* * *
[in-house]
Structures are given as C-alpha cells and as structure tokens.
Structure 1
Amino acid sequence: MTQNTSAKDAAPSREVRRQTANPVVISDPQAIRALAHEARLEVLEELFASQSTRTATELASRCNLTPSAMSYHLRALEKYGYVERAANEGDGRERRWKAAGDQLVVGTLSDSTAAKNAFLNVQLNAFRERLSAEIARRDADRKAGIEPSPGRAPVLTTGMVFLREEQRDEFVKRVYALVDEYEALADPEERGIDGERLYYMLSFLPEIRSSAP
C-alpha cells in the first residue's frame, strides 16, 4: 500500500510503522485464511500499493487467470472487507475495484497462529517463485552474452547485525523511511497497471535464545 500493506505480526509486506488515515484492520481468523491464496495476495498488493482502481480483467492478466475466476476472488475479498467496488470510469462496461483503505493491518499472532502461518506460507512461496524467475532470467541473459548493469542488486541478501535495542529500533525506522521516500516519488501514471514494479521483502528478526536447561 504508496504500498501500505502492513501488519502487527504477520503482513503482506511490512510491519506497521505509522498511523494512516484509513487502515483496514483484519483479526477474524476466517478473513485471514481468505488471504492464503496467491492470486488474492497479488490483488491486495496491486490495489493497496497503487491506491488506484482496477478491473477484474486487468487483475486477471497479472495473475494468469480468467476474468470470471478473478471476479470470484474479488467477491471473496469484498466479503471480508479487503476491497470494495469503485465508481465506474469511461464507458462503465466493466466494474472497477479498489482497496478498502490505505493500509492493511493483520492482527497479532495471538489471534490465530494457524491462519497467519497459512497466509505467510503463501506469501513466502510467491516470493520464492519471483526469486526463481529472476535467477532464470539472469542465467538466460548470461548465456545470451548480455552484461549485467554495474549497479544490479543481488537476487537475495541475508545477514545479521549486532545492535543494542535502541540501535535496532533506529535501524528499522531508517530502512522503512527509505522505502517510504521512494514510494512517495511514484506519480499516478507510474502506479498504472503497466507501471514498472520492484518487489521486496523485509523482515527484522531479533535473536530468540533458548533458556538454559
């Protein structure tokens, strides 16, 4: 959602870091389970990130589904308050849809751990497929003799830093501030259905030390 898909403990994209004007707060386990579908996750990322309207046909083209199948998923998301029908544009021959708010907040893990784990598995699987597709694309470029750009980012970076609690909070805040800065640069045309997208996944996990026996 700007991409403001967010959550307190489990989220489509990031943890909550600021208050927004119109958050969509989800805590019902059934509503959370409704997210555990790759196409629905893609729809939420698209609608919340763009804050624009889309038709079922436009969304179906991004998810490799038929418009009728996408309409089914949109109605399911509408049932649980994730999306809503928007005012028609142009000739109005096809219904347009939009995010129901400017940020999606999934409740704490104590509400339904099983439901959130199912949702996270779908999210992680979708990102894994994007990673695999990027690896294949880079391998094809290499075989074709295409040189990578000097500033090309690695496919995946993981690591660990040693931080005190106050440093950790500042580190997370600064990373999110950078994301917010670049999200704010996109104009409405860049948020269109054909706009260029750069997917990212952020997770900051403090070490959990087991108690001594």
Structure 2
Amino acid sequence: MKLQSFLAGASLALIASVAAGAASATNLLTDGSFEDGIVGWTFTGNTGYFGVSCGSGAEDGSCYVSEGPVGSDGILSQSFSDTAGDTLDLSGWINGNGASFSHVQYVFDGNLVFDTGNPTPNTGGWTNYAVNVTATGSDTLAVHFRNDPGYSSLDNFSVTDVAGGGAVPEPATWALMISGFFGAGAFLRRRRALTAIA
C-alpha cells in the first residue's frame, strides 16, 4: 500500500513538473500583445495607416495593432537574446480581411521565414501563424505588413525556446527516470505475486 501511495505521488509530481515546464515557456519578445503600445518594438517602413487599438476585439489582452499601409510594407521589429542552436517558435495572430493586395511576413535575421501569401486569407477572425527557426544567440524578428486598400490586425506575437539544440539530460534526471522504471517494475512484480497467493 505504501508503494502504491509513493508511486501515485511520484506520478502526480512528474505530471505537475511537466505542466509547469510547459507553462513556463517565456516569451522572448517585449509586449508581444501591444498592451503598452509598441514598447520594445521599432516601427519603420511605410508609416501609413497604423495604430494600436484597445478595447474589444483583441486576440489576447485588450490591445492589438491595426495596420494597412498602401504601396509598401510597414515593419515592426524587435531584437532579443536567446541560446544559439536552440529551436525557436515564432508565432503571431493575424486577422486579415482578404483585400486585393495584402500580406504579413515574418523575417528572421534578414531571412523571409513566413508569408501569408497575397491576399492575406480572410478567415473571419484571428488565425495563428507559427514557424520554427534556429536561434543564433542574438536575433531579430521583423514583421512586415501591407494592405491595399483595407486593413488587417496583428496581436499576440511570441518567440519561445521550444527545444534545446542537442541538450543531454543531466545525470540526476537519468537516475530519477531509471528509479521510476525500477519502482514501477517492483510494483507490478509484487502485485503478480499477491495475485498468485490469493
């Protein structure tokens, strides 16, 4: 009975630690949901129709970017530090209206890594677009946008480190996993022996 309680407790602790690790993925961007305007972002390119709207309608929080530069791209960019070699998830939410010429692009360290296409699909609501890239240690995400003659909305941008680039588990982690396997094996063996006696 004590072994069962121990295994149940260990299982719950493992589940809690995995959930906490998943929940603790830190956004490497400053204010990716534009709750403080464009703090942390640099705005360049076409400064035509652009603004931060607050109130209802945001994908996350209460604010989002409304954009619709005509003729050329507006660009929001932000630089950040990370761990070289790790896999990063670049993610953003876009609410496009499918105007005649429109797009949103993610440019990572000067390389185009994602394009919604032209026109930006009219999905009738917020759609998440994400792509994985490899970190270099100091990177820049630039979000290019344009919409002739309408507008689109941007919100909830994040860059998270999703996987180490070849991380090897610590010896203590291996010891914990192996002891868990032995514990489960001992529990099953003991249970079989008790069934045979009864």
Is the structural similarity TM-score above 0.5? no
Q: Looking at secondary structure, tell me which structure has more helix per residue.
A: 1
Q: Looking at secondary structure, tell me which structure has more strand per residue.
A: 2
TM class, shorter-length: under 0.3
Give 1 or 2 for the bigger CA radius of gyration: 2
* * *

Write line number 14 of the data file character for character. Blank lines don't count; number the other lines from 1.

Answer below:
Q: Looking at secondary structure, tell me which structure has more strand per residue.